Self Esteem & Christian Wives in Glasgow

Conor McConville

It’s a Tuesday afternoon in Glasgow. The sun is setting. The sky is a baby pink as the golden hour sun reflects against the gentrified industrial buildings of days gone, haunted by the ghosts of men with a trade. When people were pigeonholed into gendered roles and expected to act a certain way. I am here with my partner to see the pop singer Self Esteem, we check into a city centre hotel. As is custom when staying at any hotel, you inspect the TV to find out what channels lurk beyond ITV 2. While channel surfing, we come across a gem, The Christian Wives show. They are discussing the roles husbands play in a marriage. I jump the gun and joke they will all push a traditional marriage agenda. To my surprise, it’s a bit more complicated than that. They discuss the strong man and weak women dynamic, but with respect for men who actively help in interior decoration. However, the discussion is coated with the surprise their friends have when their husband takes interest in visual things that are traditionally perceived as “womanly”.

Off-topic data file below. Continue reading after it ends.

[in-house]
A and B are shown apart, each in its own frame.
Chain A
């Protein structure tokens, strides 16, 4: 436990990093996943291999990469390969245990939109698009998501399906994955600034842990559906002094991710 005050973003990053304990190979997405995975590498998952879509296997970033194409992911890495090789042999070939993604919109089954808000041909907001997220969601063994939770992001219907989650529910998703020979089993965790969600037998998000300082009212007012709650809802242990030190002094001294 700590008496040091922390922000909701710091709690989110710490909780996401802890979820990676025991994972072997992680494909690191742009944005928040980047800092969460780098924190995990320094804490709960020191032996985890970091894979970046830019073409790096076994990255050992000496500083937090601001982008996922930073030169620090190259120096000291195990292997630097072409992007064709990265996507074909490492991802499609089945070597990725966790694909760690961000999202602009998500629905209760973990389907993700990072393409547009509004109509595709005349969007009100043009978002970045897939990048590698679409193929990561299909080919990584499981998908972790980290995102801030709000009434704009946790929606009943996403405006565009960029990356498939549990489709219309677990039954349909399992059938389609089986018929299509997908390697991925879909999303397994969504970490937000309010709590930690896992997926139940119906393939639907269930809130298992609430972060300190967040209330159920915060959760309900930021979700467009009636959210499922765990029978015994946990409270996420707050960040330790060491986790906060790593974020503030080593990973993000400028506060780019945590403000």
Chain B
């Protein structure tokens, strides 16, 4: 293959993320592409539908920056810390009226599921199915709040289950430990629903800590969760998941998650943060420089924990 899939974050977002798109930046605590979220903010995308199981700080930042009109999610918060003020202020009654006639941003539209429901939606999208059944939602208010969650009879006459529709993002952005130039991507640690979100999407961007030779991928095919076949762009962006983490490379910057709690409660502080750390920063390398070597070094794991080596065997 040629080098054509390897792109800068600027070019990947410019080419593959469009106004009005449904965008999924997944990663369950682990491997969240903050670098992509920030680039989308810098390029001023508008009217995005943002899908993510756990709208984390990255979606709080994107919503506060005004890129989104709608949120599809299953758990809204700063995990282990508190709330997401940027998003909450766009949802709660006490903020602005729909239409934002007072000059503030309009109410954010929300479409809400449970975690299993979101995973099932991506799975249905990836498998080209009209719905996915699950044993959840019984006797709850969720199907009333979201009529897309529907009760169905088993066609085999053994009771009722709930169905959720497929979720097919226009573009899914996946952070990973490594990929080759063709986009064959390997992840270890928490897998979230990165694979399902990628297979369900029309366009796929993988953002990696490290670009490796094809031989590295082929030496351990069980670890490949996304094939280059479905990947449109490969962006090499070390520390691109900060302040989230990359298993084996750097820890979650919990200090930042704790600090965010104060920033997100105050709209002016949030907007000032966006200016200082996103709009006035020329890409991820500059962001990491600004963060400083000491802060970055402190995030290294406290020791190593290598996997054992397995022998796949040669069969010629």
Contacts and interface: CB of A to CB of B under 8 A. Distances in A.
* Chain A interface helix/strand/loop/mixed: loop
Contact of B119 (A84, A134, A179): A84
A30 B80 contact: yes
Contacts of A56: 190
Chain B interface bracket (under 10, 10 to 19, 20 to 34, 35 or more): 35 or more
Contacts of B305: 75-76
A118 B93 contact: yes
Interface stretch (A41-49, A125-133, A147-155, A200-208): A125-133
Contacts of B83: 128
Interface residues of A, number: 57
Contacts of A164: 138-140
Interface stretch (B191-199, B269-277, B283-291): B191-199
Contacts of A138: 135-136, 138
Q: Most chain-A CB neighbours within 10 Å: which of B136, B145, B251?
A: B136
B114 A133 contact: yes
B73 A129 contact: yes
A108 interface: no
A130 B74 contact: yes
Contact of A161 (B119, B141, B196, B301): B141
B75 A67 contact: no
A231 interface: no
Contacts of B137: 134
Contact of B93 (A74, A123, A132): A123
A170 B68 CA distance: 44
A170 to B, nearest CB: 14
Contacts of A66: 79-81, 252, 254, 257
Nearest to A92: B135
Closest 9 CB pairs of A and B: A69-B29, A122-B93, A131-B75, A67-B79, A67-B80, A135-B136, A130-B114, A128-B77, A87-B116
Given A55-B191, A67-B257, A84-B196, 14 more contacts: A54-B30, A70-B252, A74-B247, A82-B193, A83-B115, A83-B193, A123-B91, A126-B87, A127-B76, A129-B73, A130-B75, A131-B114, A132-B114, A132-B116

Later that night, we're at the Queen Margaret Union, waiting for Self Esteem to begin. She is late, as all pop stars are. We successfully weave our way to the barrier. Everyone is packed into the venue; excited to be there. Suddenly, two figures appear on stage and begin to bash drums in sync with each other. Then she appears, dressed like a cross between 1976 Bowie and Marilyn Monroe. She commands the stage with grandiose wit and self-effacing humour. Her performance is strong, fun and feminine, with lyrics that raise questions about gender roles, social justice and romantic relationships in contemporary times. Each song is laced with references to mental health and affirmations. It is an electric night, the crowd erupts with an ecstatic recognition of shared experiences at the end of every song; the band responds and builds on the energy culminating in a celebration of what it means to be a woman in 2022.


Music and art overall can be a tool for social change. It can push the dialogue about themes and issues screaming to be discussed. Listening to different perspectives allows us to open our eyes to other experiences and opinions. Self Esteem is the tip of the iceberg regarding female artists to listen to, but this International Women's Day, start there and question the roles you play within her songs.